Your dog may experience anxiety from time to time, and most of the time, it's normal. Like humans, dogs get anxious for a variety of reasons, some of which may be medical-related as well as emotional. However, sometimes anxiety gets out of control and you need to take action. Here are some reasons why your dog may be anxious and how you and your veterinarian may help.
Reasons Why Dogs Get Anxious
Dogs generally get anxious because of either an emotional problem or a medical issue that is affecting their nervous system. In some cases, the cause is obvious, but sometimes dogs have what's called "generalized anxiety disorder" with no apparent cause.
Emotional issues usually involve things like separation anxiety, fear, or past trauma such as isolation as a puppy or poor socialization. Some dogs may also become anxious if there is a significant change in their environment such as moving to a new place or obtaining a new pet. Often, the anxiety subsides once the dog adjusts or receives behavior modification training.
For some dogs, their anxiety may be caused, or worsened, by medical issues such as thyroid problems, autoimmune issues, and pre-diabetes. Dogs with hearing problems may become more anxious and easily startled because they can't hear people or animals approach them from some angles. This may make them jumpy and anxious, especially in unusual situations.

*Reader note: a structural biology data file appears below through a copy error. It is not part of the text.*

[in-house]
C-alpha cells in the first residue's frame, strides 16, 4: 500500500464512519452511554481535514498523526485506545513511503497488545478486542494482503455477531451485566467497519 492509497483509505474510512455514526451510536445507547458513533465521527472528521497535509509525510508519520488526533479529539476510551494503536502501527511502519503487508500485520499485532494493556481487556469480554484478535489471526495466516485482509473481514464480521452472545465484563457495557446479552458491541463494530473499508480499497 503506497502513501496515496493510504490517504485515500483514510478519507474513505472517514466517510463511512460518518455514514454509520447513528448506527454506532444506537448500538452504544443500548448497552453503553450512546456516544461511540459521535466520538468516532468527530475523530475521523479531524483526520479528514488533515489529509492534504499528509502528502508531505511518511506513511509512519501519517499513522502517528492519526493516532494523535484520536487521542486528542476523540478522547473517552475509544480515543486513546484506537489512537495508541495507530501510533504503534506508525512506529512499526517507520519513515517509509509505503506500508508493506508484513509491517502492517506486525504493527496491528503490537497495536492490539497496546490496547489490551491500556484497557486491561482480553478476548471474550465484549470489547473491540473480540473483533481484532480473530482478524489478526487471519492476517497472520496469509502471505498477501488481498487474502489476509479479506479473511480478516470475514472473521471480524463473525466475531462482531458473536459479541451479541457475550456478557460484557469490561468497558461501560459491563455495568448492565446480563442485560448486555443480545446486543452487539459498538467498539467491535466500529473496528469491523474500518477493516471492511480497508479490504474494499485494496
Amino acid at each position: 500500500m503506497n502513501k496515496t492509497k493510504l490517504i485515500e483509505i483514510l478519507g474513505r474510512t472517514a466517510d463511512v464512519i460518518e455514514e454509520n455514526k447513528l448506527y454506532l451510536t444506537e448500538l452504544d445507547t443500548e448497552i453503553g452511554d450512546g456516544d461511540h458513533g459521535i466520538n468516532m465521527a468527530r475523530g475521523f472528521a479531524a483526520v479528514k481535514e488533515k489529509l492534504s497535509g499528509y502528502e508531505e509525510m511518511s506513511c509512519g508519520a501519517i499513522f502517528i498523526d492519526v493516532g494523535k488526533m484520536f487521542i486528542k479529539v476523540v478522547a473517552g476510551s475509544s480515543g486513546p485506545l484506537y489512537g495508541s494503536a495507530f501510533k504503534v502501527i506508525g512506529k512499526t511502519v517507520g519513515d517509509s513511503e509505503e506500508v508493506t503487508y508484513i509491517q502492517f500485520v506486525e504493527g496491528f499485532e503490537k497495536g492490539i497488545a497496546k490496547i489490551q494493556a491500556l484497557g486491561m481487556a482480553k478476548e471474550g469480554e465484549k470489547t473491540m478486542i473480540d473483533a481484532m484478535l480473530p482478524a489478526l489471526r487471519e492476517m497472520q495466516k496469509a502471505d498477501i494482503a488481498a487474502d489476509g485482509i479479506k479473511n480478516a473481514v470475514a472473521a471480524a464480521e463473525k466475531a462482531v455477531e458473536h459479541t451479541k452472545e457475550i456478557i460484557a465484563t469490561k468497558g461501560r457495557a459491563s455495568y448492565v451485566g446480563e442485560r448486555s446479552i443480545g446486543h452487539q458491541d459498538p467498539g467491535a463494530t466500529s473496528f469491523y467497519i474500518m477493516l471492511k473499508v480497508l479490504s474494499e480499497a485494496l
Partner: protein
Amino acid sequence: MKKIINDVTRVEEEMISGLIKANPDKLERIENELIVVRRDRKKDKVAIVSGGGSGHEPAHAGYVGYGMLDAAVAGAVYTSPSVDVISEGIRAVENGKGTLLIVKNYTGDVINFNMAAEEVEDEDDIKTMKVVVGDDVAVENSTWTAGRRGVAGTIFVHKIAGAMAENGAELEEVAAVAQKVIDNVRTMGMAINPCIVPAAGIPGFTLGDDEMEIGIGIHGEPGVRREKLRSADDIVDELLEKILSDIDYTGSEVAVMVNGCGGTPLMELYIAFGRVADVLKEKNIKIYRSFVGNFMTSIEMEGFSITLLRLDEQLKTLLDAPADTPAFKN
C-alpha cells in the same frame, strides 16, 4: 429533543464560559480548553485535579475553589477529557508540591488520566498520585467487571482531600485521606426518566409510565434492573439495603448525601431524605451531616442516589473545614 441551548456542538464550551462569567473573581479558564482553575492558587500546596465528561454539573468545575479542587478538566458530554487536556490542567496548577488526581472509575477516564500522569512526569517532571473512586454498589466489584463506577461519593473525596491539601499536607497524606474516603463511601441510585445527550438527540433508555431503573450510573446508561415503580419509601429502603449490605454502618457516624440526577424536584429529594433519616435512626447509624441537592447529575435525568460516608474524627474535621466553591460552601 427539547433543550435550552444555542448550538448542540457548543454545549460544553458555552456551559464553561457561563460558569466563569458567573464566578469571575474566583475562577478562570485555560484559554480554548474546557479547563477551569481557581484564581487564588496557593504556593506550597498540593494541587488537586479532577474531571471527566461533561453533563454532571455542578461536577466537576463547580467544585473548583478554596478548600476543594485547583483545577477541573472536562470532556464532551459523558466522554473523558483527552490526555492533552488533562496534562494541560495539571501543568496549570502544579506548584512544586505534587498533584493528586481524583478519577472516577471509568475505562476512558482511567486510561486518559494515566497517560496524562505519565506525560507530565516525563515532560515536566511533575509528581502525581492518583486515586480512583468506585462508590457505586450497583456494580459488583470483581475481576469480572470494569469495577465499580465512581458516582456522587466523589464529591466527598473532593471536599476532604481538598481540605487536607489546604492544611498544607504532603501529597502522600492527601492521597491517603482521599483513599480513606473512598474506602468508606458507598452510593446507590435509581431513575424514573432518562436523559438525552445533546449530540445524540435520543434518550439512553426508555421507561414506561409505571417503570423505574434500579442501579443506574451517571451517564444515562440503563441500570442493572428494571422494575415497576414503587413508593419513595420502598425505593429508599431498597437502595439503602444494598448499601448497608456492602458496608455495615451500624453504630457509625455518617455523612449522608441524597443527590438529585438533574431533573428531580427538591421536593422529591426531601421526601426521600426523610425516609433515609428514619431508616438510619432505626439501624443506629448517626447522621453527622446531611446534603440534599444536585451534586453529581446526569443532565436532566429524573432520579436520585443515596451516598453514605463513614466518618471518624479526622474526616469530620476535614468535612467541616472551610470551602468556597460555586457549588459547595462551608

Ways You and Your Veterinarian Can Help
If you find that the anxiety causes problems such as destructive behavior, aggression, or hiding, then you may need more serious intervention.
If your veterinarian rules out illnesses or physical issues, then you may need to work on behavioral changes based on the possible cause. If the cause is poor puppy socialization, then formal training classes may help. If the problem is an environmental change, then helping your dog adjust by keeping a routine may be a better option. Talk to the veterinarian or a dog trainer to see what would work best for your dog.
If the anxiety is caused by a medical issue, then your veterinarian may prescribe medication that would alleviate the symptoms. In addition, your dog could also be prescribed anti-anxiety medications even if the problem is not related to a medical condition. Anti-anxiety medications may be given when traditional training does not help. Both training and medications might also be used together.
If your dog's anxiety seems to have appeared all of a sudden, and you can't determine the reason, then talk to your veterinarian. If the problem is behavior-related, then your veterinarian can give you ideas on how to ease your dog's anxiety. Try to bring your dog in for a checkup, if possible to ensure that your dog doesn't have medical issues that could worsen the problem. Visit a vet clinic like Pittsburgh Spay & Vaccination Clinic near you for more information.